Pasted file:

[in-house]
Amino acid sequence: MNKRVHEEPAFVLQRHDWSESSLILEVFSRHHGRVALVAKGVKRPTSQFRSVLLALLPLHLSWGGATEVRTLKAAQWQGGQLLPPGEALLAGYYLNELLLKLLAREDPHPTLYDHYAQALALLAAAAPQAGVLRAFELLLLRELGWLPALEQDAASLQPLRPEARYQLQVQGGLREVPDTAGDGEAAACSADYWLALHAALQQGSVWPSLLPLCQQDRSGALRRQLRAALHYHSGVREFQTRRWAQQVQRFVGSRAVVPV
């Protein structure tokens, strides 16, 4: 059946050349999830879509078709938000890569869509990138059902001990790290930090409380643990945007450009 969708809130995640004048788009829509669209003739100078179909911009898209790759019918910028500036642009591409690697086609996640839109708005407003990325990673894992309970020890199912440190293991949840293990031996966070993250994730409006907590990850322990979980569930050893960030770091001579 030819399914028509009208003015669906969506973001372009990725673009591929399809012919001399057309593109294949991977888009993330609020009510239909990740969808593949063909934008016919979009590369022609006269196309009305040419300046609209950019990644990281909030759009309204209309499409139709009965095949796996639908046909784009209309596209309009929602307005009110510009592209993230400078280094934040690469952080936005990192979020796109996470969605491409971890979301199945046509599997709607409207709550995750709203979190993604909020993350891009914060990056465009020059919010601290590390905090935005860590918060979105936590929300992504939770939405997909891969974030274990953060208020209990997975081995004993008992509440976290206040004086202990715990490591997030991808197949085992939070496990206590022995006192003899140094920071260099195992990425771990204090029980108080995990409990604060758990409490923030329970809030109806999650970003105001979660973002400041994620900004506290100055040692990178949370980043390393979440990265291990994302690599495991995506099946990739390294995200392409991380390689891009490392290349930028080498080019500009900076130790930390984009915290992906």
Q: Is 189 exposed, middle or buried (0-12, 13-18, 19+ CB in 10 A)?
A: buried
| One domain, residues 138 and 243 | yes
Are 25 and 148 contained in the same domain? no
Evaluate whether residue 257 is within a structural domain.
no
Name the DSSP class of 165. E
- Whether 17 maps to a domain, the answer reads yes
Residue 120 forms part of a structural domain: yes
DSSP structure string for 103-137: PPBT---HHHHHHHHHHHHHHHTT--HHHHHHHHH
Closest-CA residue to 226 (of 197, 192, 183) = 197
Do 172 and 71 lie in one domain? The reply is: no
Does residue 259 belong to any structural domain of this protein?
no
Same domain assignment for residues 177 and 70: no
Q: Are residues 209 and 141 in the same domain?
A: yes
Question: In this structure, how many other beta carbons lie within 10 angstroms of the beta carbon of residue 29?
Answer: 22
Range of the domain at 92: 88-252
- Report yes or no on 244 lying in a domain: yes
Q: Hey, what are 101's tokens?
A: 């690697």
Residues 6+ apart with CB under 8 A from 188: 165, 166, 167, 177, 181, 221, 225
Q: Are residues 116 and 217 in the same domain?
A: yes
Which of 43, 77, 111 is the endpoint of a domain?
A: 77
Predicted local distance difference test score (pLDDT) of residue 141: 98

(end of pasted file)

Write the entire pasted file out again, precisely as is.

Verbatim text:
[in-house]
Amino acid sequence: MNKRVHEEPAFVLQRHDWSESSLILEVFSRHHGRVALVAKGVKRPTSQFRSVLLALLPLHLSWGGATEVRTLKAAQWQGGQLLPPGEALLAGYYLNELLLKLLAREDPHPTLYDHYAQALALLAAAAPQAGVLRAFELLLLRELGWLPALEQDAASLQPLRPEARYQLQVQGGLREVPDTAGDGEAAACSADYWLALHAALQQGSVWPSLLPLCQQDRSGALRRQLRAALHYHSGVREFQTRRWAQQVQRFVGSRAVVPV
């Protein structure tokens, strides 16, 4: 059946050349999830879509078709938000890569869509990138059902001990790290930090409380643990945007450009 969708809130995640004048788009829509669209003739100078179909911009898209790759019918910028500036642009591409690697086609996640839109708005407003990325990673894992309970020890199912440190293991949840293990031996966070993250994730409006907590990850322990979980569930050893960030770091001579 030819399914028509009208003015669906969506973001372009990725673009591929399809012919001399057309593109294949991977888009993330609020009510239909990740969808593949063909934008016919979009590369022609006269196309009305040419300046609209950019990644990281909030759009309204209309499409139709009965095949796996639908046909784009209309596209309009929602307005009110510009592209993230400078280094934040690469952080936005990192979020796109996470969605491409971890979301199945046509599997709607409207709550995750709203979190993604909020993350891009914060990056465009020059919010601290590390905090935005860590918060979105936590929300992504939770939405997909891969974030274990953060208020209990997975081995004993008992509440976290206040004086202990715990490591997030991808197949085992939070496990206590022995006192003899140094920071260099195992990425771990204090029980108080995990409990604060758990409490923030329970809030109806999650970003105001979660973002400041994620900004506290100055040692990178949370980043390393979440990265291990994302690599495991995506099946990739390294995200392409991380390689891009490392290349930028080498080019500009900076130790930390984009915290992906």
Q: Is 189 exposed, middle or buried (0-12, 13-18, 19+ CB in 10 A)?
A: buried
| One domain, residues 138 and 243 | yes
Are 25 and 148 contained in the same domain? no
Evaluate whether residue 257 is within a structural domain.
no
Name the DSSP class of 165. E
- Whether 17 maps to a domain, the answer reads yes
Residue 120 forms part of a structural domain: yes
DSSP structure string for 103-137: PPBT---HHHHHHHHHHHHHHHTT--HHHHHHHHH
Closest-CA residue to 226 (of 197, 192, 183) = 197
Do 172 and 71 lie in one domain? The reply is: no
Does residue 259 belong to any structural domain of this protein?
no
Same domain assignment for residues 177 and 70: no
Q: Are residues 209 and 141 in the same domain?
A: yes
Question: In this structure, how many other beta carbons lie within 10 angstroms of the beta carbon of residue 29?
Answer: 22
Range of the domain at 92: 88-252
- Report yes or no on 244 lying in a domain: yes
Q: Hey, what are 101's tokens?
A: 């690697």
Residues 6+ apart with CB under 8 A from 188: 165, 166, 167, 177, 181, 221, 225
Q: Are residues 116 and 217 in the same domain?
A: yes
Which of 43, 77, 111 is the endpoint of a domain?
A: 77
Predicted local distance difference test score (pLDDT) of residue 141: 98